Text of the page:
In For Your Eyes Only, M’s chief of staff Bill Tanner, played by James Villiers, dresses in a manner very suitable for a man in a high position. He wears classic double-breasted suits that are cut almost exactly the same as what you’d find from an English tailor today. His suit jackets have six buttons with two to button, and their lower placement is the only thing that separates them from what’s currently fashionable. The jackets have a classic Savile Row silhouette with a clean chest and a straight shoulder on the natural shoulder line. They have flapped pockets and double vents. For this article we’ll just look at the charcoal rope stripe suit.
The shirt Tanner wears with this suit is a fine grey and white stripe. Grey shirts aren’t nearly as popular as blue and white, or even cream, but they’re a classically-stylish option in lighter tints. It has a small spread collar and rounded button cuffs. Tanner adds colour to his outfit with the tie and pocket square. The tie is a regimental stripe in navy and alternating red and maroon. It’s very similar to the well-known Brigade of Guards tie, but the tie only has one shade of red. Can anyone identify this tie? He ties it in a four-in-hand knot, and he matches a navy silk pocket square to the navy in the tie.
Buttoned at the bottom, not the same as in the photo above
There’s a continuity error in the way Tanner buttons his suit jacket. In some shots he buttons the jacket the conventional way, with only the middle row fastened. In other shots he has only the bottom row fastened. Both are legitimate ways to fasten a double-breasted jacket, but the stiffer canvas on this jacket means the lapel doesn’t roll over the middle button so well when only the bottom is fastened. There are also a couple of fit problems with this outfit. The back of the coat doesn’t fit so well over the shoulder blades and the shirt sleeves are too short—but the jacket sleeves look fine. But overall it’s a very tasteful outfit and it commands the authority necessary for his position during M’s leave.
In The Man with the Golden Gun, Roger Moore wears a more adventurous wardrobe than he did in Live and Let Die. For one of the furthest suits from what Sean Connery had established as the classic Bond look, Moore wears a dark olive, double-breasted suit cut by Cyril Castle. The suit has very closely-spaced lighter pinstripes with wider-spaced red chalkstripes. The jacket has six buttons on the front with two to button, double vents, slightly slanted pockets with flaps, and flared link-button cuffs. The trousers have a darted front and flared leg.
The shirt is a white and gold bengal stripe in a twill weave, made by Frank Foster. The shirt has a spread collar, placket front and and two-button cocktail cuffs. The tie is light olive shantung silk, tied in a four-in-hand knot. Even though the outfit is in all earth tones, Moore wears black shoes. But because this suit is worn after dark, black shoes are appropriate, and they don’t clash when not in daylight.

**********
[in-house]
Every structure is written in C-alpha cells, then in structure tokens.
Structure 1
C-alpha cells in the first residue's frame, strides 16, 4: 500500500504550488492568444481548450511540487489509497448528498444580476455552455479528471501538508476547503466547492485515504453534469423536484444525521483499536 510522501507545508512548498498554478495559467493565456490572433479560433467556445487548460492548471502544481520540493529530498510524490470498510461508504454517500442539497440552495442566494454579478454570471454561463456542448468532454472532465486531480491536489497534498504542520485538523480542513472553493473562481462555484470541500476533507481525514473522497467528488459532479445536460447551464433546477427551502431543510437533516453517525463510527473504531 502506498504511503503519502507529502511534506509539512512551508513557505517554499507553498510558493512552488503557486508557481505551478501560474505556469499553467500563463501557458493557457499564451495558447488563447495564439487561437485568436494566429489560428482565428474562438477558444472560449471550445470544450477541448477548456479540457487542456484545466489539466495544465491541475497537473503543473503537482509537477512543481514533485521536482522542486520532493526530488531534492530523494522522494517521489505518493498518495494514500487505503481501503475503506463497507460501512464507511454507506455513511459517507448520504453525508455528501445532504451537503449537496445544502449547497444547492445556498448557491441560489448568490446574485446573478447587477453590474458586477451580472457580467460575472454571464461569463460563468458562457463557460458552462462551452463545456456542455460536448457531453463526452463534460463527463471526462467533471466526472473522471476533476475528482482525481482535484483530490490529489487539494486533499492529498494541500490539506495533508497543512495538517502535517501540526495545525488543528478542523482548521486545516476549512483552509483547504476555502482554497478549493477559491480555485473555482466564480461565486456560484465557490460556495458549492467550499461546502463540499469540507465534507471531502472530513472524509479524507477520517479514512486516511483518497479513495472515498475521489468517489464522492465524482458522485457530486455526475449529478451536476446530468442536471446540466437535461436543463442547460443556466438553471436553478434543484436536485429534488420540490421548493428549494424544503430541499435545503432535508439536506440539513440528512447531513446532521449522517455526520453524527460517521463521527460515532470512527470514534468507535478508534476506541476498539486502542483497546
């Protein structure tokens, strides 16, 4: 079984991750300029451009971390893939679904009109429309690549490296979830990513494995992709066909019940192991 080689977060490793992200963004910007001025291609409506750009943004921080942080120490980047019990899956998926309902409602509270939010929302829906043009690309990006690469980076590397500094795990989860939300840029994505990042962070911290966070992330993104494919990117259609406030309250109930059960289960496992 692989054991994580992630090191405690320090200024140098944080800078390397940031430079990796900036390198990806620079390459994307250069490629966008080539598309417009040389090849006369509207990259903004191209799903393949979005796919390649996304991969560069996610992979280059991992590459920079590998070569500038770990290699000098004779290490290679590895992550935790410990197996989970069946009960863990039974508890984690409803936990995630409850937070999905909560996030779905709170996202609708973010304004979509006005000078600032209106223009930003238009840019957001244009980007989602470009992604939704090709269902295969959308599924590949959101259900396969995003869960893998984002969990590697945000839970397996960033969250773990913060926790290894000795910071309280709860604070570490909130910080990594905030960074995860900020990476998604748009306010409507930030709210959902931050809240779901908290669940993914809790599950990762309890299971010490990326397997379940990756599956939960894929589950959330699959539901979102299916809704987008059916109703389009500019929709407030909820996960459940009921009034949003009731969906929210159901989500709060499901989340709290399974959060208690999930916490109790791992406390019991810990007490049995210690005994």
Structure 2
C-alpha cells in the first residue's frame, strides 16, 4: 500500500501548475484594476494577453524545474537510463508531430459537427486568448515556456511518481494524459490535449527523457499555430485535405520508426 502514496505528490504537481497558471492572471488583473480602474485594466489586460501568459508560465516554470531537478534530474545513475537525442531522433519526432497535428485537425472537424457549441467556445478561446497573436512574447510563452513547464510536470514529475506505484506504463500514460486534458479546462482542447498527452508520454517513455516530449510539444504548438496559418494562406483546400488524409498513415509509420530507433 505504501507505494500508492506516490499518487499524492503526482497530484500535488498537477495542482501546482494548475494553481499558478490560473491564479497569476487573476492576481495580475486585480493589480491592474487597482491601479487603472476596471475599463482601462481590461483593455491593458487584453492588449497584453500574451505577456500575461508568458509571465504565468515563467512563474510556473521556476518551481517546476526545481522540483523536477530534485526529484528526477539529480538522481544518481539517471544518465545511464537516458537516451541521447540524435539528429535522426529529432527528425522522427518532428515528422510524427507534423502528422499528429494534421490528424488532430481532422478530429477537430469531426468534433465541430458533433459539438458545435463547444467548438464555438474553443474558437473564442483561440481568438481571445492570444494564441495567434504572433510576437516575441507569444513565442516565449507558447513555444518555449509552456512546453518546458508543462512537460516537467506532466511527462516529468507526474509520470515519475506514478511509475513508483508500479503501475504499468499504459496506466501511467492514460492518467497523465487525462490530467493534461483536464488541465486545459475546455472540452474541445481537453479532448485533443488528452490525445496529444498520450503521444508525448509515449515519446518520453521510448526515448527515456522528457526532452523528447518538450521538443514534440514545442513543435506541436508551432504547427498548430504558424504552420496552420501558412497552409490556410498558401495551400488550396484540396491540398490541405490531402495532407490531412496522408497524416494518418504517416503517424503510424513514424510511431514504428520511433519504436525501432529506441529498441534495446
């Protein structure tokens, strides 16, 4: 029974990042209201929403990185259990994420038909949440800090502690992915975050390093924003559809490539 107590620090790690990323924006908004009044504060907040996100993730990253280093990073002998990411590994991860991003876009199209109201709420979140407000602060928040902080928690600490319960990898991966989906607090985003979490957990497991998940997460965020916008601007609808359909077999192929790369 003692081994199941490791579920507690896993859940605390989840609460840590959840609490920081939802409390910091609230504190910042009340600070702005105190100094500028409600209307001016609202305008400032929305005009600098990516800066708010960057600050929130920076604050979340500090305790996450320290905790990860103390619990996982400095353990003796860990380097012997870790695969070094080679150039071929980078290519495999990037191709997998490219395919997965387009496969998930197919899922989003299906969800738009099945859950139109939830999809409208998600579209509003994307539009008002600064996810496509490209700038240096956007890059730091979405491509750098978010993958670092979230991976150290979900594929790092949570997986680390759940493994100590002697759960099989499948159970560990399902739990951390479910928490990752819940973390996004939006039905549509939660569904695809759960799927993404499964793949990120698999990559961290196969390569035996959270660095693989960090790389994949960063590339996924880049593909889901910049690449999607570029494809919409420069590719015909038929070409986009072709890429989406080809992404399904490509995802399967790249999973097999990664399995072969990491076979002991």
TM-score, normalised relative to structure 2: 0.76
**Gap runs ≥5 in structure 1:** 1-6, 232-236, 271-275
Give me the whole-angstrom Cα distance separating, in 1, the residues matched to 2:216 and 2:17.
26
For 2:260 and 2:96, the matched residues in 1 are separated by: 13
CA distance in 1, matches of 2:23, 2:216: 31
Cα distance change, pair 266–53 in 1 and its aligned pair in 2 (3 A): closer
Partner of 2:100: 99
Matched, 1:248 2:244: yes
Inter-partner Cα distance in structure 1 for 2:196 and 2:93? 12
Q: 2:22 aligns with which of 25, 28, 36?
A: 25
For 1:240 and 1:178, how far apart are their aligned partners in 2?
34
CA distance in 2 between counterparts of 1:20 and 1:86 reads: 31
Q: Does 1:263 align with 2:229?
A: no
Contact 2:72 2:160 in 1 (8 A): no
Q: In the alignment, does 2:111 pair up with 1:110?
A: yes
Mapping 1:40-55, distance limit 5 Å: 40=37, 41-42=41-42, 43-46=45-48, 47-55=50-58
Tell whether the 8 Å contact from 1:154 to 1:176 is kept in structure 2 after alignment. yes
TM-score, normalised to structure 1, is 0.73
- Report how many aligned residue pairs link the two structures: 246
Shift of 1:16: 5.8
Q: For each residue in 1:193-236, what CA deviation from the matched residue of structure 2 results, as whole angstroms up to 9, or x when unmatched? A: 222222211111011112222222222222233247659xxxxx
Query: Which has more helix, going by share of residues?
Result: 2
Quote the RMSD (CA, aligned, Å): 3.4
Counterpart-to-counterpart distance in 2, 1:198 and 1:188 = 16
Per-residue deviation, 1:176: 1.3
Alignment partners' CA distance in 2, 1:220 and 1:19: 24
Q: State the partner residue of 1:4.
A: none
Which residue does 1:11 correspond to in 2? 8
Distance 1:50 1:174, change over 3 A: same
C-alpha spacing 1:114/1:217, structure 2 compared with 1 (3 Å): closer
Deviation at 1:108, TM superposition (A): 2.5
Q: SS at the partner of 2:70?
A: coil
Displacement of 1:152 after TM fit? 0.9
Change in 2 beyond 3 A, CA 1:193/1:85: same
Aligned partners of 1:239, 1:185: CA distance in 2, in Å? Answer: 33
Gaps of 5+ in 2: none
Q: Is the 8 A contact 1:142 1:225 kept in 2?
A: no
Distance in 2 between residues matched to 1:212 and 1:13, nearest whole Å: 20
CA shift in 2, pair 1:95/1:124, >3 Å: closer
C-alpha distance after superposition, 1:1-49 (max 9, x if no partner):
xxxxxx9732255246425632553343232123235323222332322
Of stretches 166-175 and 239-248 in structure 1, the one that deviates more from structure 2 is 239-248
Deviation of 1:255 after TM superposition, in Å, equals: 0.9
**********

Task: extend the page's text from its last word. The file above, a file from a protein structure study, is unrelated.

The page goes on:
Bond’s Rolex Submariner with a close-up of the striped suit and shirt cloths
In the last of Roger Moore’s many television programmes, The Persuaders!, Moore took an extra role in designing the wardrobe of his character Lord Brett Sinclair. Moore was, at the time, the director of cloth merchant Pearson + Foster, which made suitings for both him and Tony Curtis in The Persuaders!. As a result, Moore wore some of the most unique and interesting fabrics of his career at this time. These bold fabrics were quite appropriate for an English lord and playboy, though too over-the-top for James Bond. Moore’s tailor from The Saint, Cyril Castle, still tailored the clothing. The example here is a double-breasted blazer in a bold, original pattern of wide maroon and green stripes with dark brown/green pinstripes. The fabric is influenced by striped boating blazers, which are usually single-breasted with more contrast in the stripes. The images here are from the second episode, “The Gold Napoleon,” though Moore wore this blazer many times throughout the series in the South of France.
The 6-button blazer in the traditional 2-to-button configuration has crested silver buttons. The wrap (front overlap) is narrower than the typical double-breasted jacket, and the top vestigial buttons are also placed in closer than what is typical. It is cut with soft shoulders, a clean chest, a nipped waist and a long, flared skirt with deep double vents. The blazer has 1-button gauntlet cuffs (with a rounded turnback) and slanted pockets.
|Notice Moore’s gauntlet cuffs
In “The Gold Napoleon,” Moore wears the blazer with golden beige wool trousers with plain bottoms and frogmouth pockets. The shirt by Frank Foster is made of a pale lavender poplin with a spread collar and button-down turnback cuffs, which will be discussed in more detail at a later date. The tie is green leaves on a silver ground, tied in a four-in-hand knot. Moore match his trousers with beige socks and wears light brown slip-ons.